God comes in solitude | Faithful Living
By JOAN BAY KLOPE
Whidbey News Times Columnist
March 2, 2012 · Updated 1:31 PM
Walk with me and work with me --- watch how I do it. Learn the unforced rhythms of grace. I won’t lay anything heavy or ill-fitting on you. Keep company with me and you’ll learn to live freely and lightly.
--Matthew 11:28, The Message Bible.
For years I have talked about looking for God in events and through daily relationships. It’s part of my life that has, over time, fine-tuned my own senses. I see God’s imprint on a daily basis. Such awareness has not only enriched my personal life, but provided me with hundreds of topics to write about over the 18 years I’ve penned Faithful Living. When I asked God in my youth to “open my eyes,” He’s been faithful to do that.
Those of us who are spiritually wired often find this to be an uncomplicated exercise. We embrace the task of seeing God at work so we build into our schedules time for prayer, worship, Bible study and activities at our churches. I’ve come to understand this methodology is uniquely tied to American cultural thinking, encouraging us to go after what tugs at our hearts. Some of us, at times of trauma, even desperately seek God.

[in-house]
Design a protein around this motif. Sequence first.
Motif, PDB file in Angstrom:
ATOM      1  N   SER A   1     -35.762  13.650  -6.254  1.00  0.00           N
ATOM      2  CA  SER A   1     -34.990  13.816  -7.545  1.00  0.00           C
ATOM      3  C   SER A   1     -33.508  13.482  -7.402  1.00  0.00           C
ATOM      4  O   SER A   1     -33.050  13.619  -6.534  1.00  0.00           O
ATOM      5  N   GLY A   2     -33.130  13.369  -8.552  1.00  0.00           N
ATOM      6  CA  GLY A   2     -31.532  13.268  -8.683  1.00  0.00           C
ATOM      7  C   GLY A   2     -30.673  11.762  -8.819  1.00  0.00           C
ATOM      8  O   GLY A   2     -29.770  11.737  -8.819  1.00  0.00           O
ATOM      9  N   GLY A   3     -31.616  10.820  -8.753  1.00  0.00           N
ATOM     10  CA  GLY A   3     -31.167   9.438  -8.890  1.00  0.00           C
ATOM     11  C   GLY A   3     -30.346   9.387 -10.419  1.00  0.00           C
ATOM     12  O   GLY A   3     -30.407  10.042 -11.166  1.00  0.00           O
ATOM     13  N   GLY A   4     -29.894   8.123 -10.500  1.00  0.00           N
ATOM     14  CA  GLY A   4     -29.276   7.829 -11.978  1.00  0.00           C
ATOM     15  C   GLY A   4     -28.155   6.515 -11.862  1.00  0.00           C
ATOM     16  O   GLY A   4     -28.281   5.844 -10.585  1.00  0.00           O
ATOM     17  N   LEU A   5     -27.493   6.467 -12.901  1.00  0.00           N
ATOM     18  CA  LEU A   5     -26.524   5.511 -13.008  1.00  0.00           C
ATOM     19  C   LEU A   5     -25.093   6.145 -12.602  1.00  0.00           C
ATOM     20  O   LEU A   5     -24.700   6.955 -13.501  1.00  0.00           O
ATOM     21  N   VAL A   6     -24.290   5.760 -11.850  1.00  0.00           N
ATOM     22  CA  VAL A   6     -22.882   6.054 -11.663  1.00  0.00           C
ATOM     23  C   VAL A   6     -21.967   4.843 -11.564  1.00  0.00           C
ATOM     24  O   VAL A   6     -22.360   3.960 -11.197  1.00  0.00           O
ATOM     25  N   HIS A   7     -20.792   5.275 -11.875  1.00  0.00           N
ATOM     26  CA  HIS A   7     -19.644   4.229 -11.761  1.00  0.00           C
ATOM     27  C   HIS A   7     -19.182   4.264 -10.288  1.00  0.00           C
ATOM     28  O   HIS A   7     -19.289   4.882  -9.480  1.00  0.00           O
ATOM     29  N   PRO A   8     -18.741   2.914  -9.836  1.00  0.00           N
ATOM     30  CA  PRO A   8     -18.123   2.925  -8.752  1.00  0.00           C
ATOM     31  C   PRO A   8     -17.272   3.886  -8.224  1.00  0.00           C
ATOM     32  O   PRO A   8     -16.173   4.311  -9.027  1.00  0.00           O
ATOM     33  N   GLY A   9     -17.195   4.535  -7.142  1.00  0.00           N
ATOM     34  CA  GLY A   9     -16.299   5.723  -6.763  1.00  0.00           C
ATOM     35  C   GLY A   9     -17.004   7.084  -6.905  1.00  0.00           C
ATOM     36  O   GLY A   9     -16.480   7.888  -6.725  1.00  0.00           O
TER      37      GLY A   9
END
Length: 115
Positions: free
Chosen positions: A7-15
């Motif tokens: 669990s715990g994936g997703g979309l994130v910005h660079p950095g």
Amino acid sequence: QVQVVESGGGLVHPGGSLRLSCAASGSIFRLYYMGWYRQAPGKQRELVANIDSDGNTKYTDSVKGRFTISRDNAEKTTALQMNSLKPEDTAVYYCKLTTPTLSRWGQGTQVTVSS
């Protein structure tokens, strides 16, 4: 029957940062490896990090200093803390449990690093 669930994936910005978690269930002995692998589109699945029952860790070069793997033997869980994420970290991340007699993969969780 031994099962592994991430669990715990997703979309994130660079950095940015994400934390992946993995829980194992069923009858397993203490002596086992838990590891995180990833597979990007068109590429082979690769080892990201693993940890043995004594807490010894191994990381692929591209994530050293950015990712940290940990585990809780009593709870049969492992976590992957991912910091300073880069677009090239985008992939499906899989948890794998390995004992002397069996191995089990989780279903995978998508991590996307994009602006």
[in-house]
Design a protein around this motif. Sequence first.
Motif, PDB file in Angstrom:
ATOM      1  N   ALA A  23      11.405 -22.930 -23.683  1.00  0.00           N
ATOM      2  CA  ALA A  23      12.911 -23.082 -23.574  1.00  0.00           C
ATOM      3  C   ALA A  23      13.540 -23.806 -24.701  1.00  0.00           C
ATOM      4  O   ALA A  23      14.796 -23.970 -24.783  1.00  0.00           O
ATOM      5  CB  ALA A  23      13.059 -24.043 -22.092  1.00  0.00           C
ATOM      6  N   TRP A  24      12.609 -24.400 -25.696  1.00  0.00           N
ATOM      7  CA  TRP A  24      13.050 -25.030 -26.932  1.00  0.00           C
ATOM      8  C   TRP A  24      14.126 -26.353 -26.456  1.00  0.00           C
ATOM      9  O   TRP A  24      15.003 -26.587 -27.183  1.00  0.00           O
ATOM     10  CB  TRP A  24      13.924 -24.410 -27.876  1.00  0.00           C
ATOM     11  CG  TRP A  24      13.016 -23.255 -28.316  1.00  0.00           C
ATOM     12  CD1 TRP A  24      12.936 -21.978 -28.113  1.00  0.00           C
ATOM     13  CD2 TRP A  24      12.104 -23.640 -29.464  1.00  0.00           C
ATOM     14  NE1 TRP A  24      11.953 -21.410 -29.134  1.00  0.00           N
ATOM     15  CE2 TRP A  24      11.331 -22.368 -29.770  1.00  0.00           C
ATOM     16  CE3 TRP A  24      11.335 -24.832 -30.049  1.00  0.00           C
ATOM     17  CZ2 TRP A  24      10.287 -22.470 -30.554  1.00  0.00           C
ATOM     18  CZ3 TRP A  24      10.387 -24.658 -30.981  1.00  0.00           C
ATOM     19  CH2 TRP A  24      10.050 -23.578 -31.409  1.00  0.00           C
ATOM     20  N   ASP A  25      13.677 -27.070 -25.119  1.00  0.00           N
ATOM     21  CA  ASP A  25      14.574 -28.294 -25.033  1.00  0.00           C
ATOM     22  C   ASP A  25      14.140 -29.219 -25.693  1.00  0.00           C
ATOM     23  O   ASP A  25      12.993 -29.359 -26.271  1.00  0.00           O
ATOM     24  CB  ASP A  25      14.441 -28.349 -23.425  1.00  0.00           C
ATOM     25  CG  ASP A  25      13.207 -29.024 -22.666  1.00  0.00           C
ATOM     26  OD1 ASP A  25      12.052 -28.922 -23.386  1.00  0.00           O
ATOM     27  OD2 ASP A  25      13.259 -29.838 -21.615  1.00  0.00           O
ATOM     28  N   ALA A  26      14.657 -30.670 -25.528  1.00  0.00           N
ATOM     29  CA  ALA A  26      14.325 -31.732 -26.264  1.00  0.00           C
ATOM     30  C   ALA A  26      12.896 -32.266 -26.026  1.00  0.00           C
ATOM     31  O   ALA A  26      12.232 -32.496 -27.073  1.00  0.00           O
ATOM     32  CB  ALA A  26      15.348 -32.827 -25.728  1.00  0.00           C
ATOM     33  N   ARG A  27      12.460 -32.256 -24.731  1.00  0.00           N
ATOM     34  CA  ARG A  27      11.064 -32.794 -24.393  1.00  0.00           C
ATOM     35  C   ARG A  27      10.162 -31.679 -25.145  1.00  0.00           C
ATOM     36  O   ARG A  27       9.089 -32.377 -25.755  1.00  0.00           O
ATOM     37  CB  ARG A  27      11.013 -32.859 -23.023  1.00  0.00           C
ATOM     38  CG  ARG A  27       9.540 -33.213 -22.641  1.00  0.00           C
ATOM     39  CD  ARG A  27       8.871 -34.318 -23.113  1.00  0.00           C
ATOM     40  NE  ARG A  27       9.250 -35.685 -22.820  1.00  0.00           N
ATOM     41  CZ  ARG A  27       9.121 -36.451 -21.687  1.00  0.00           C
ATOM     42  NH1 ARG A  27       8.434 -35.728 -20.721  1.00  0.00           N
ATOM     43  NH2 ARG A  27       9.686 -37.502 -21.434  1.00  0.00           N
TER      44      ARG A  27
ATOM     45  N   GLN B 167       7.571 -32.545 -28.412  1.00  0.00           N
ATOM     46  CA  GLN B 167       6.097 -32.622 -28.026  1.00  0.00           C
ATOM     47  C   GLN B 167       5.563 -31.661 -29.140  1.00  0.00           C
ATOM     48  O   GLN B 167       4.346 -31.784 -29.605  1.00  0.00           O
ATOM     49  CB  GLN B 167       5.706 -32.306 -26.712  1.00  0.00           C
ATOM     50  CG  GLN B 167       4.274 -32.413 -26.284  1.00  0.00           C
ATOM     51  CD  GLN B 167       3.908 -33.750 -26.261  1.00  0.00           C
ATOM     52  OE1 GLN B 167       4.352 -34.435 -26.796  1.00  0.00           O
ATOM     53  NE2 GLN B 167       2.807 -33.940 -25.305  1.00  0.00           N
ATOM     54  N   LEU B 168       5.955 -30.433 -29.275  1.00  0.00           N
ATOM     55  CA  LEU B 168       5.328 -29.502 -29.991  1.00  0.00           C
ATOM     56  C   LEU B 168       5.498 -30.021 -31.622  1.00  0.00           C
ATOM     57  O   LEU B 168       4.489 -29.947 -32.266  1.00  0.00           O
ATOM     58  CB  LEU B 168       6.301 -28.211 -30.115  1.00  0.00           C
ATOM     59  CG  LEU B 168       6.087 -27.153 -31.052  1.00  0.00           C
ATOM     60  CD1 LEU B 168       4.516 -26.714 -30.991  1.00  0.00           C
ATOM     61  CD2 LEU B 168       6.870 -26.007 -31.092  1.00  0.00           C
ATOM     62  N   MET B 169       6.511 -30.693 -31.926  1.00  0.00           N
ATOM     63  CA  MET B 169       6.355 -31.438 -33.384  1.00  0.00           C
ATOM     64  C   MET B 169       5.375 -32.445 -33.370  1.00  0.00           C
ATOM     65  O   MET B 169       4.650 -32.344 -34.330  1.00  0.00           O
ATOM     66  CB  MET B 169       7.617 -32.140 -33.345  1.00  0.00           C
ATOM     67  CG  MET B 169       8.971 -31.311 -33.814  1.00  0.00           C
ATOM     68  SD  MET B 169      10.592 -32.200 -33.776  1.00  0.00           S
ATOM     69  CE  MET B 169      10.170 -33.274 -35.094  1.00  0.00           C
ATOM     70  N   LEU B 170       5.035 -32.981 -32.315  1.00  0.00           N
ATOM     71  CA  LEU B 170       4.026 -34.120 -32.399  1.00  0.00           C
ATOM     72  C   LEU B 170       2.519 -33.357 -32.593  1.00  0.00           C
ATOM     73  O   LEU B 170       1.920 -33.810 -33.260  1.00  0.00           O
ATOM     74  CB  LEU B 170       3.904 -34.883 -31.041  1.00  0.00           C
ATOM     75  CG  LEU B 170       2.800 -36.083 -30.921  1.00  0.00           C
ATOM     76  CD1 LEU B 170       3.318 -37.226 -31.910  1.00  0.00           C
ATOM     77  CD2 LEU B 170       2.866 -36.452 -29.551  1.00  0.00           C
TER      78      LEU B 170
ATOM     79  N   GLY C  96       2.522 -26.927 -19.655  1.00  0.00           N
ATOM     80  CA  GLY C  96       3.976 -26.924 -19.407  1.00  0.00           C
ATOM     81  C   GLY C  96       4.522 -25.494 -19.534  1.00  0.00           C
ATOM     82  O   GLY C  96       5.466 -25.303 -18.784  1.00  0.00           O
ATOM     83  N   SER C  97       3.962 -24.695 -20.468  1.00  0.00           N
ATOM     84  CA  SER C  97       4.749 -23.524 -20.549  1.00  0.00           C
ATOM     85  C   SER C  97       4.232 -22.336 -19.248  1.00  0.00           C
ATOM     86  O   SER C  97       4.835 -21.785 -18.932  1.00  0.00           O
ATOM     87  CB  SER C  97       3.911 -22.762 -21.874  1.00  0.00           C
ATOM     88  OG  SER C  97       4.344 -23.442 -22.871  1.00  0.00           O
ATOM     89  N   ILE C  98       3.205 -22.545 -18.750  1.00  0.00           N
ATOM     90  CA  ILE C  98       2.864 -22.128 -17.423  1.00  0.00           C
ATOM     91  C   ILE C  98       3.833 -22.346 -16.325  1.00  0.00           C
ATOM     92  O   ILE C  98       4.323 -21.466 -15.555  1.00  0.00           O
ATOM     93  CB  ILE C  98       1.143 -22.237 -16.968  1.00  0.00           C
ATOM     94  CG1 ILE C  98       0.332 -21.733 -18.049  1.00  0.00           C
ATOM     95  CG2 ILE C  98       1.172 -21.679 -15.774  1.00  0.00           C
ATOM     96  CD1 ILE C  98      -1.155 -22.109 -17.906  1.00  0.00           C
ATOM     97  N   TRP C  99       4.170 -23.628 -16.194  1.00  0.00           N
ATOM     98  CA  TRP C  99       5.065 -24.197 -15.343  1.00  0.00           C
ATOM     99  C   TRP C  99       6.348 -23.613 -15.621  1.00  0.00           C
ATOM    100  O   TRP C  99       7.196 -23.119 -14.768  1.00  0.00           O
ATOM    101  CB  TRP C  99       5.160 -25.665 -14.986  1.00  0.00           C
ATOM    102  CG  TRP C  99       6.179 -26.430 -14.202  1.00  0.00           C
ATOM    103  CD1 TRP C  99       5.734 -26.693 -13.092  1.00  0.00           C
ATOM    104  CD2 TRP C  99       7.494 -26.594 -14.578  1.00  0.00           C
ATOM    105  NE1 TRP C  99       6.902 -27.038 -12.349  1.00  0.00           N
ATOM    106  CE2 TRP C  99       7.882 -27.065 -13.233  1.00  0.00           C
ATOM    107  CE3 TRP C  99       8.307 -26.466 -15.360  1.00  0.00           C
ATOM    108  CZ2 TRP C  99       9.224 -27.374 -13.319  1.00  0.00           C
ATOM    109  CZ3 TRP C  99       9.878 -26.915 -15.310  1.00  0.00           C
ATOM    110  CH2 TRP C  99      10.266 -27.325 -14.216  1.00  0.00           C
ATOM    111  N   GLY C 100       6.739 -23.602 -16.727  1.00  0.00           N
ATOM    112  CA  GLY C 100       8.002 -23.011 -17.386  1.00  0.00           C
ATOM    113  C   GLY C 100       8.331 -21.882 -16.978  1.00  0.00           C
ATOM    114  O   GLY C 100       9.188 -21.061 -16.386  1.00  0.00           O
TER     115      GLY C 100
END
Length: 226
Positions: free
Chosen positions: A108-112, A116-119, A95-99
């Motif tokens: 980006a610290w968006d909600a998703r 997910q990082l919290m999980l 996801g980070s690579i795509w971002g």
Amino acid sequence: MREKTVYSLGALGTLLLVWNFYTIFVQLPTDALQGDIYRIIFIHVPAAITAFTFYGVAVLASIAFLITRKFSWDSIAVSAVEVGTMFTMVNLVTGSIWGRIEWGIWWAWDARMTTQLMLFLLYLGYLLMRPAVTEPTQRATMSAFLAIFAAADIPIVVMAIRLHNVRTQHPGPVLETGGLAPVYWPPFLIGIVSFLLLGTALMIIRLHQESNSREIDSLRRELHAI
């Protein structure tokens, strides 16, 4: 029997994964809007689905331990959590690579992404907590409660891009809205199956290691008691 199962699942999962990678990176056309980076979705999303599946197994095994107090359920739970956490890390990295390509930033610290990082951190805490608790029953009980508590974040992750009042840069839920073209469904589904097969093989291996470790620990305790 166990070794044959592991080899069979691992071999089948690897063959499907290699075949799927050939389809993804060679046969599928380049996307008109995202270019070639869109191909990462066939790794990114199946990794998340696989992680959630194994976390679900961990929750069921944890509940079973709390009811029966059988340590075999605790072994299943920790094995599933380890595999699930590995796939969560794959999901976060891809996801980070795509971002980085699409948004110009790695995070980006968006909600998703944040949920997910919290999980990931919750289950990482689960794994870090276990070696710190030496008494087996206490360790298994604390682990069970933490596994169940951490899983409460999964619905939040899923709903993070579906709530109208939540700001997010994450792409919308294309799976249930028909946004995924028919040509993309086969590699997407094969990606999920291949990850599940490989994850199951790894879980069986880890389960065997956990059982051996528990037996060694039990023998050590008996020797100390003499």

As I walk through this season of Lent, when I contemplate Christ’s sacrifice on the cross, His victory over death, and my personal responses to such events, I’ve been introduced to an entirely new idea: In solitude, God will come my way.
Here’s how this process works. Each day I’ll step away from all this striving and set aside time to quiet myself. I’ll disengage from my iPhone, errands, music, TV and Internet to wrap myself in quiet. I’ll start learning how to turn off the chatter in my head that prevents me from hearing the gentle messages God promises He will present to me.
Some people call this meditation. So be it. Call it what you like. I’ll be right there with you in spirit. But I don’t plan to simply sit in my study and wait to hear God’s voice. I’ll spend time in the quiet but I’ll also begin to practice lectio divina, a Latin phrase that means, “divine reading.”
Here’s how it works. I’ll take a short passage of biblical scripture and read it through the first time for simple understanding. After a few moments of quiet I’ll read it again, this time looking for words or phrases that stand out or seem particularly applicable to my life at this moment. After a few moments I’ll read it a third time and consider my emotional response to the passage. How does this information feel? Following a few quiet moments I’ll read the passage one last time, asking myself what God seems to be saying to me and how He might want me to respond.
When you approach scripture in this manner you view it as alive, relevant, and God inspired. You are entering into His presence and sharing space with God. No doubt it will take some practice. No doubt we will experience God in new ways.